The High Cost of Waiting to Drain the Swamp
Commentary by Edwin J. Feulner Ph.D.
“Drain the swamp!” It was the battle cry of Donald Trump’s presidential campaign.
Many Republican members of Congress echoed that call as well, riding it to victory — and control of both legislative chambers.
The American people rallied around the cry because it reinforced their impression of what Washington had become: a swamp infested with special-interest groups and power-hungry bureaucrats.
They rallied, too, because it held the promise of getting our country back on track — by reforming the tax code, repealing Obamacare, cutting spending, and eliminating the needless red tape that stifles entrepreneurship and innovation.
But more than five months into the new Congress and the new administration, precious little draining has occurred. The delay in action is not only frustrating, it’s expensive: With the promised reforms, the U.S. could have created as much as $5 billion per day in economic output. If nothing changes, the swamp will end up costing more than 2 million prospective jobs over the next decade.
Elites argue that piles of regulations and special rules keep everyone safe. But most Americans understand that these policies serve mainly to enrich special interests and keep upstart entrepreneurs from gaining a foothold.
All the regulation keeps new businesses from offering innovative goods and services at lower prices.
All too often, these regulatory schemes not only fail to protect consumers — they create huge problems, like financial crises and housing busts. And then the elites point to the problems as proof of the need for even further governmental intervention.
The bailouts lead to new programs and federal agencies and, of course, even more rules.
But most Americans don’t want more government. Rather, they want relief from big government so that they can make their own decisions and improve their own communities.
There is plenty of evidence that people thrive more under limited government than under a vastly more intrusive government.
Had the U.S. economy simply stayed on the same trend during the Obama years that it had followed over the previous 25 years, gross domestic product per person would be nearly 10 percent higher than it is now.
Instead, after years of ever-expanding government control and regulation, the economy dropped off a cliff in 2008.
Just getting back on the previous trend would be great, but Americans can do much better. At least three major reforms are now possible that can unleash the power of the American economy.
•Repeal Obamacare: A study by the National Center for Policy Analysis estimates that repealing Obamacare would provide a boost to real GDP of more than 1 percent per year over the next decade.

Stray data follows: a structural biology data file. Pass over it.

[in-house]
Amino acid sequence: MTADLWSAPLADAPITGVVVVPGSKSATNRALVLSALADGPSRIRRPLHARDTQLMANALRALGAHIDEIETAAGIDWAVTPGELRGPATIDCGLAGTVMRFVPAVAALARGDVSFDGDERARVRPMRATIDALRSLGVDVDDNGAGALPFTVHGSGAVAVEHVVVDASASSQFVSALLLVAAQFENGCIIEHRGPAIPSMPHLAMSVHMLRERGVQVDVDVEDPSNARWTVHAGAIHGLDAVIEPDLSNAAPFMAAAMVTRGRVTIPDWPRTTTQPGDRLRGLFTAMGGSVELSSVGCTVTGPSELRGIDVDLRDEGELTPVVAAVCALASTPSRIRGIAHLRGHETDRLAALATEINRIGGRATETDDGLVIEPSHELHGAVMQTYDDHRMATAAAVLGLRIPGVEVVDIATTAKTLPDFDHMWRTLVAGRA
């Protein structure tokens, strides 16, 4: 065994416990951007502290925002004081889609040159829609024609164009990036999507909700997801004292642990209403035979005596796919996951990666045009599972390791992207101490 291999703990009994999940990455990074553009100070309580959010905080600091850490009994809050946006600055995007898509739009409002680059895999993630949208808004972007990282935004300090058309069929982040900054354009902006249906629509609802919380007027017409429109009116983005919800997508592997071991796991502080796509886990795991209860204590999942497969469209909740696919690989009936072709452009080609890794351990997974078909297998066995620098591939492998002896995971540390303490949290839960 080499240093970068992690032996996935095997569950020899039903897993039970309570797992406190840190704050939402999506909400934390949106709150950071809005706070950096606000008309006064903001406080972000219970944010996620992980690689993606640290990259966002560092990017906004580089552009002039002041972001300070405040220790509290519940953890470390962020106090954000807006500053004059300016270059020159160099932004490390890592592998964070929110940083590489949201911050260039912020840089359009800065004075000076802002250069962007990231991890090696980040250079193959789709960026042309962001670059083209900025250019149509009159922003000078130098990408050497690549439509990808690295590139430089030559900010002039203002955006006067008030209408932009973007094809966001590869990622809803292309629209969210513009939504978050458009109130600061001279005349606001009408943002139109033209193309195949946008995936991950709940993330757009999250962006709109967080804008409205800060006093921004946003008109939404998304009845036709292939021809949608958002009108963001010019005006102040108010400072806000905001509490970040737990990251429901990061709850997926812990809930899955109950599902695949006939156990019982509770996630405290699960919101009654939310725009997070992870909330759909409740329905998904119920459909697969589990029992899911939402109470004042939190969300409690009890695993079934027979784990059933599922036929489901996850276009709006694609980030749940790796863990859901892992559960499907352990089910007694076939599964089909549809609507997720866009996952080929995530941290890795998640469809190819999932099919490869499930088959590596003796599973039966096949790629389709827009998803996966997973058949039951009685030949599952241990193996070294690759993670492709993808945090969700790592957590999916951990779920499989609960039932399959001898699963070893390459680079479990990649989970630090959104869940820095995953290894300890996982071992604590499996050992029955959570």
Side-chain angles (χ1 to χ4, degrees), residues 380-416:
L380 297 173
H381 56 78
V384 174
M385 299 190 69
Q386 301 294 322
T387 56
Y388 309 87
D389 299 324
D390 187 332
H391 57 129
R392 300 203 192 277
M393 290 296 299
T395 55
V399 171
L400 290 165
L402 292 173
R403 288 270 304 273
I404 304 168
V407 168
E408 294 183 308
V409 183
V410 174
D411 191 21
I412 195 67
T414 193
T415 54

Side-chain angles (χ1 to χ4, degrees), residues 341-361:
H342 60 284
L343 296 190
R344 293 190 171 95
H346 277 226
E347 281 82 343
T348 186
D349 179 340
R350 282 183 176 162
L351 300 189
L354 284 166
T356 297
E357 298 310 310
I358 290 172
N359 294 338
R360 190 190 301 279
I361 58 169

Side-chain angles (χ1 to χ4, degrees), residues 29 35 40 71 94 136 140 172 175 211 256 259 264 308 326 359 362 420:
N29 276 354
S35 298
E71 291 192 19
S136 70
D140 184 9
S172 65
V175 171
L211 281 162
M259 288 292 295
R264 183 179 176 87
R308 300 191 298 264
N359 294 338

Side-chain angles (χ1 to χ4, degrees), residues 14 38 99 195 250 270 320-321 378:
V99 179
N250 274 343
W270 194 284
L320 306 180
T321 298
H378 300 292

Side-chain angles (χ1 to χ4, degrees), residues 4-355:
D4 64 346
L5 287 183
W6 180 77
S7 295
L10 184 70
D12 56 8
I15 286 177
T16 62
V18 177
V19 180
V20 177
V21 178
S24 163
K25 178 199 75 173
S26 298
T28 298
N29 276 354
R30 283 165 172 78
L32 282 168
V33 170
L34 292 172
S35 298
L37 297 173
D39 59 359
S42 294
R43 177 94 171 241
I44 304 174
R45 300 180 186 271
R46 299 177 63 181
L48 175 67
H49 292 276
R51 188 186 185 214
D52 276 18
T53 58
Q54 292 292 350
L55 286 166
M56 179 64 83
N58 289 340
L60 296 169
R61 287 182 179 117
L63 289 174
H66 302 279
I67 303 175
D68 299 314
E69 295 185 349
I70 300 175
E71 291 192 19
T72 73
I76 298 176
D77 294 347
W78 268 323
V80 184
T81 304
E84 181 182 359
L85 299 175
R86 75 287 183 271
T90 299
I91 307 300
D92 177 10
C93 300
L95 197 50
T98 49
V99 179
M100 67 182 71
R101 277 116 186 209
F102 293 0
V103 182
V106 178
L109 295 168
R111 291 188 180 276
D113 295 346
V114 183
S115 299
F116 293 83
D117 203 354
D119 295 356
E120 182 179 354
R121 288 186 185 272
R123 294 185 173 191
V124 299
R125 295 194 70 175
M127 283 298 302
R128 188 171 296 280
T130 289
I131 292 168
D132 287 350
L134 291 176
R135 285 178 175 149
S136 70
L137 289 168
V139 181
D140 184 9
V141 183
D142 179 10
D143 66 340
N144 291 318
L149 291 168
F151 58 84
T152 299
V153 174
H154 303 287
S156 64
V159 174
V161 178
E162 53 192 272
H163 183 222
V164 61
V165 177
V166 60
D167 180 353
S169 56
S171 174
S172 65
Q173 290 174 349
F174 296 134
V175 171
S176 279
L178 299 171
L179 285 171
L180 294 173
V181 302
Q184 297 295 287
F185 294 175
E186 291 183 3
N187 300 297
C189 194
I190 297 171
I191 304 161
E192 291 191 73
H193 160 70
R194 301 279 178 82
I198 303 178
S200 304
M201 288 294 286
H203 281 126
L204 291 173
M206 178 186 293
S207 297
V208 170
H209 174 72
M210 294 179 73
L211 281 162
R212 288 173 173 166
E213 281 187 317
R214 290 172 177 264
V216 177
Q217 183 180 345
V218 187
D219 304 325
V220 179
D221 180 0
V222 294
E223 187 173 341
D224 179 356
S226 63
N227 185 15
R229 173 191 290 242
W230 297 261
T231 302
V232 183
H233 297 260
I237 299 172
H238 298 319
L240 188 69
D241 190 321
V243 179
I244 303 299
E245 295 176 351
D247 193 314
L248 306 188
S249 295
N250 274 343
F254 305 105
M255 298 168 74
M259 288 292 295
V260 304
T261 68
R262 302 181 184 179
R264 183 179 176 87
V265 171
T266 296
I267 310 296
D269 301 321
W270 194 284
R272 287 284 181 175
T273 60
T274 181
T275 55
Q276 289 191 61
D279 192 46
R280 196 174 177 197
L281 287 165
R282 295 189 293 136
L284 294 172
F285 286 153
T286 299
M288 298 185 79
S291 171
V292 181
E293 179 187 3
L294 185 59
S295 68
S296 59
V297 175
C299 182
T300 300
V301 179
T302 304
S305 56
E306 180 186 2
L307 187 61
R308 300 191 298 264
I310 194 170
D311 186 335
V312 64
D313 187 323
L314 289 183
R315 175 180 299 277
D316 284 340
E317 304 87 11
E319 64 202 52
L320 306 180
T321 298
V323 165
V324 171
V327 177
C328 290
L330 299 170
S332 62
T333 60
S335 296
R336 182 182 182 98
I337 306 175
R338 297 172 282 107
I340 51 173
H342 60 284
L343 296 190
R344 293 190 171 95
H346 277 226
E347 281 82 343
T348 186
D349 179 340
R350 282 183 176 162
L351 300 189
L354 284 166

Based on these projections, personal income would increase by hundreds of billions annually, and the economy would add nearly 1 million jobs by the end of the decade.
A simple division by the number of days suggests that the cost of inaction is nearly $500 million per day in lost output. In terms of jobs, this could translate into as many as 250 lost jobs per day (a relatively small number unless one of those jobs is yours).
• Shrink Regulation: Admittedly, this is a herculean task. The federal government has been burdening people with innovation-killing rules for decades, and it is difficult to estimate the economic effects of a broad deregulation effort.
Two Heritage Foundation scholars have estimated the economic impact of reducing just one of the likely effects of Dodd-Frank: excess borrowing costs.
Their study projects that removing these excess costs would grow the GDP by more than 1 percent per year for the next decade, and boost capital stock by nearly 3 percent per year. Inaction on Dodd-Frank costs another $500 million per day.
• Reform the Tax Code: Estimates of tax reform benefits vary widely because there are so many ways to improve the U.S. tax system, but several plans are currently taking shape.
The Tax Foundation studied the House Republican plan and found that it would increase the long-run size of the economy (in terms of GDP) by more than 9 percent. It also projected that the Rubio-Lee plan would grow the economy by 15 percent over the long run.
Trump’s plan is not fully detailed yet, but a decent guess is that the benefits would be somewhere near these projections.
The increase in jobs, wages, and wealth from growing the economy through these types of tax reforms would be enormous. The cost of waiting on just tax reform can be conservatively estimated as approaching $2 billion per day in lost output.
Repealing Obamacare, rolling back the regulatory state, and implementing pro-growth tax reform would be a big shot in the arm to the U.S. economy. Over the next decade, the cumulative effect of making just those three reforms could boost GDP anywhere from $8 trillion to $18 trillion.
That translates to a cost of between roughly $2 billion and $5 billion for each day that Americans are denied these reforms. In terms of lost jobs, waiting costs nearly 1,000 jobs per day.
Some have said that because any legislative action taken this year wouldn’t take effect until at least Jan. 1, 2018, it doesn’t matter if it happens now or in September. False: The sooner investors and entrepreneurs can see the changes on the horizon, the quicker they can begin taking actions that benefit the economy.
A filled swamp is expensive to maintain. The American people are waiting for Congress to drain it. And they should expect their elected representatives to stay in Washington and make the real changes they were elected to do.
Originally published at http://www.heritage.org/conservatism/commentary/the-high-cost-waiting-drain-the-swamp.
Edwin J. Feulner is the founder and president of The Heritage Foundation.